Before that night, every time I saw the Seal on TV I was merely irritated by him. Now, after his stink was so close to me, I loathe him. In 2006, I’ll once again make my way to Mays Field to take in a Giants game, and I’ll root for my team as passionately as ever. Nothing will stop that, not even the Seal. But I’ll be prepared for him this time, whether it be with earmuffs, or maybe a taser. If he tries that crap in my vicinity again, he’ll find himself tied to a ferry in McCovey Cove being mauled by Portuguese Water Dogs. It’s baffling why the Giants have introduced some of the worst mascots in the history of baseball, but I long for the day that Lou Seal finds himself at the bar, sipping whiskey and trading war stories with the Krazy Krab. Then I’ll be the one dancing around, wiggling my belly in joy, not the Seal.
Lou Seal, Scourge of China Basin
Monday, November 21, 2005
Into Thin Eyre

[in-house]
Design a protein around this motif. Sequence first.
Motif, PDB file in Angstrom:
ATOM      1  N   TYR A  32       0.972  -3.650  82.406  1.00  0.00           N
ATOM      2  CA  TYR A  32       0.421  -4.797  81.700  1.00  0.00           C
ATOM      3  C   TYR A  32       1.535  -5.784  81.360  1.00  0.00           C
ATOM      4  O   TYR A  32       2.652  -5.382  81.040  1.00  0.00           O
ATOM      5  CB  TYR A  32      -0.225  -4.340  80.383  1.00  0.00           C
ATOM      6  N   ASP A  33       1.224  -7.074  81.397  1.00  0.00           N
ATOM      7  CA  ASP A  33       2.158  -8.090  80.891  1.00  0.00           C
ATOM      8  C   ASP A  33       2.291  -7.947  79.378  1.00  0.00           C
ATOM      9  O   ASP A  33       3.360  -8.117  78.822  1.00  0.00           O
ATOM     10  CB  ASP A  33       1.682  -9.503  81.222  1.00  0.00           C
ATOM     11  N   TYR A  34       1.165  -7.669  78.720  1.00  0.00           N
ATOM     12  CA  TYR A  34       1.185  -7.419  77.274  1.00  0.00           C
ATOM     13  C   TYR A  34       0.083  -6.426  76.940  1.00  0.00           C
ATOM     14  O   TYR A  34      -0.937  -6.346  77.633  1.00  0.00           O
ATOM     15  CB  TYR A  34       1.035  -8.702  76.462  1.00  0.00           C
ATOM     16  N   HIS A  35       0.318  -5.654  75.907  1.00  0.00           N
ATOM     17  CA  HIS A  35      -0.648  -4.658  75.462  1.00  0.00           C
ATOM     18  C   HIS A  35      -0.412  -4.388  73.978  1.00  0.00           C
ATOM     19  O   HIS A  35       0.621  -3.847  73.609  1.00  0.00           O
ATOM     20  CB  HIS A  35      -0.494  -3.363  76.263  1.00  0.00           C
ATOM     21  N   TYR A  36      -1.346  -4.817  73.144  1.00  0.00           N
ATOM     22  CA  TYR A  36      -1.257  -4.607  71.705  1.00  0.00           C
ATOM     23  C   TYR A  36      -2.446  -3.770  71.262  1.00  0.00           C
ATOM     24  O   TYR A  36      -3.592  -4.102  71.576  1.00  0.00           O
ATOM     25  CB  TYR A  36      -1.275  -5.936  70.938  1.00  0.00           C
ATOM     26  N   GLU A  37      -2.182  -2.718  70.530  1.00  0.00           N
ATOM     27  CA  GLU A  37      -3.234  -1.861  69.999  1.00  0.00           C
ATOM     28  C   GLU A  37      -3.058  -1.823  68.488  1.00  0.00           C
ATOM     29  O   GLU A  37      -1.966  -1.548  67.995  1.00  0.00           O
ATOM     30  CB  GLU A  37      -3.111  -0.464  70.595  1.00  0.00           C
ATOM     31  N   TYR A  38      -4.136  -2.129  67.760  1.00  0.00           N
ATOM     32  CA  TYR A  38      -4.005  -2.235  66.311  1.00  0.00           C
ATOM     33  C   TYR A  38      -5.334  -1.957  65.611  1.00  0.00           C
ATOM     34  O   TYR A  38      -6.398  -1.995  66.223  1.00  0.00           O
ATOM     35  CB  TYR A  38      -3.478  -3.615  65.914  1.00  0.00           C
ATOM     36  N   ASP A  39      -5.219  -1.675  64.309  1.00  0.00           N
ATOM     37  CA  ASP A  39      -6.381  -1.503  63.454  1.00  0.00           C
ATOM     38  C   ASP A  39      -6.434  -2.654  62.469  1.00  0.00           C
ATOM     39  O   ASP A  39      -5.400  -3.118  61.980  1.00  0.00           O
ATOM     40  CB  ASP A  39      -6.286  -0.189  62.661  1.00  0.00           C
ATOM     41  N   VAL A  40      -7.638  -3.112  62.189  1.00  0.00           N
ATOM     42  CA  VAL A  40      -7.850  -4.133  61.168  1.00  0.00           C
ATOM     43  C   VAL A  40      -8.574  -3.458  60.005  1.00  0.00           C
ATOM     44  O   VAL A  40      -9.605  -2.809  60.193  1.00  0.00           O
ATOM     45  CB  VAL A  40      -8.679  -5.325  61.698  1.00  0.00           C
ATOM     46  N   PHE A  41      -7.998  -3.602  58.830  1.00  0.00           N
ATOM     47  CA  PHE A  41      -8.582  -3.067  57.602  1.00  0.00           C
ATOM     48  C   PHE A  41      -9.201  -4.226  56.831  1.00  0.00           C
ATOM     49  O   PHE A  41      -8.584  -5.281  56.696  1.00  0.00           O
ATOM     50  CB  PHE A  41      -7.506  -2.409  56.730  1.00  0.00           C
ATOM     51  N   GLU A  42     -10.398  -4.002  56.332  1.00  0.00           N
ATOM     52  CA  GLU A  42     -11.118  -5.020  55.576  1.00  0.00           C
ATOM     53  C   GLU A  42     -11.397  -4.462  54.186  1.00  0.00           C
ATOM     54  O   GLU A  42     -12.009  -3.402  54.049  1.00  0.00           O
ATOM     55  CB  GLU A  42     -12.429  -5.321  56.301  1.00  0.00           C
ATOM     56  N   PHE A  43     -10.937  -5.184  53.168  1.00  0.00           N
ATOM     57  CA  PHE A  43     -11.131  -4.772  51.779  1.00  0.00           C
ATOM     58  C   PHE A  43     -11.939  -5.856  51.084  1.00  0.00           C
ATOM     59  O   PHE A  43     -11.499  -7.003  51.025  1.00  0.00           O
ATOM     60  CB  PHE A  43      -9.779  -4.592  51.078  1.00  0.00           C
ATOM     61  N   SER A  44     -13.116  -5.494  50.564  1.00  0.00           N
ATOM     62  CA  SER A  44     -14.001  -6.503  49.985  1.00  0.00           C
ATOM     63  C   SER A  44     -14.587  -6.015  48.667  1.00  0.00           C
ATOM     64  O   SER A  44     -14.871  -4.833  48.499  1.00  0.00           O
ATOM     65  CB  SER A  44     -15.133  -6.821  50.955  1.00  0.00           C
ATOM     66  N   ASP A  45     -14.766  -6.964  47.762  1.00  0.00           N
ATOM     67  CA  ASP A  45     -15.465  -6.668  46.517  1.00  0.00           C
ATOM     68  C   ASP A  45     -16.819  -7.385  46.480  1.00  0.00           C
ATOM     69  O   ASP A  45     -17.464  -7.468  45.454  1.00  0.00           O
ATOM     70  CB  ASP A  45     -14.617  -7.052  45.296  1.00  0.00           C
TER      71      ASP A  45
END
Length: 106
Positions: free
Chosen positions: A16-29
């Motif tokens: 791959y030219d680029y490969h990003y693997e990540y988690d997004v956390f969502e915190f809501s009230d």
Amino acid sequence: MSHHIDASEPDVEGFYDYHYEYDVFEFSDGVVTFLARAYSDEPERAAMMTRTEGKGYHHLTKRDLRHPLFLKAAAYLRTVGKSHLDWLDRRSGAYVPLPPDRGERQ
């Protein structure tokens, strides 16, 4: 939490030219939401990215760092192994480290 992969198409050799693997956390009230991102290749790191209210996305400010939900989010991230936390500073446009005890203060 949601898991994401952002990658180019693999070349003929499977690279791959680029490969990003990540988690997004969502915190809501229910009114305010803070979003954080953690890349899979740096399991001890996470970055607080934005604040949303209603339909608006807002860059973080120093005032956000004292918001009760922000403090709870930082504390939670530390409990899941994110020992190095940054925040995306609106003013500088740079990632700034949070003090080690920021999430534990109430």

Either way, the Giants were right not to go after Eyre too passionately. Brian Sabean has always tended to be a guy who knows when he is beat (i.e. the Dusty Baker debacle), so give him credit for knowing when to cut bait. From the Cubs, Eyre will get in the neighborhood of $11 million over the next three years (assuming he exercises his player option in 2008, a safe bet considering the high likelihood of Eyre seeing his performance collapse like Kirstie Alley’s bathroom scale…ba-zing!), and that’s not counting the substantial incentive money spelled out in his contract. For a 33-year-old middle reliever who’s just had his best season, and who has appeared in over 80 games in each of the past two seasons (thank you, Felipe), that’s not a worthwhile investment. Eyre was unquestionably one of the best non-closers in the game last season, and according to Baseball Prospectus he was the absolute best pitcher in the NL at preventing inherited runners from scoring, and it wasn’t even close*. He started getting righties out as well as lefties and finally shed that pesky LOOGY label that most southpaw relievers carry around with them like the Stone of Triumph.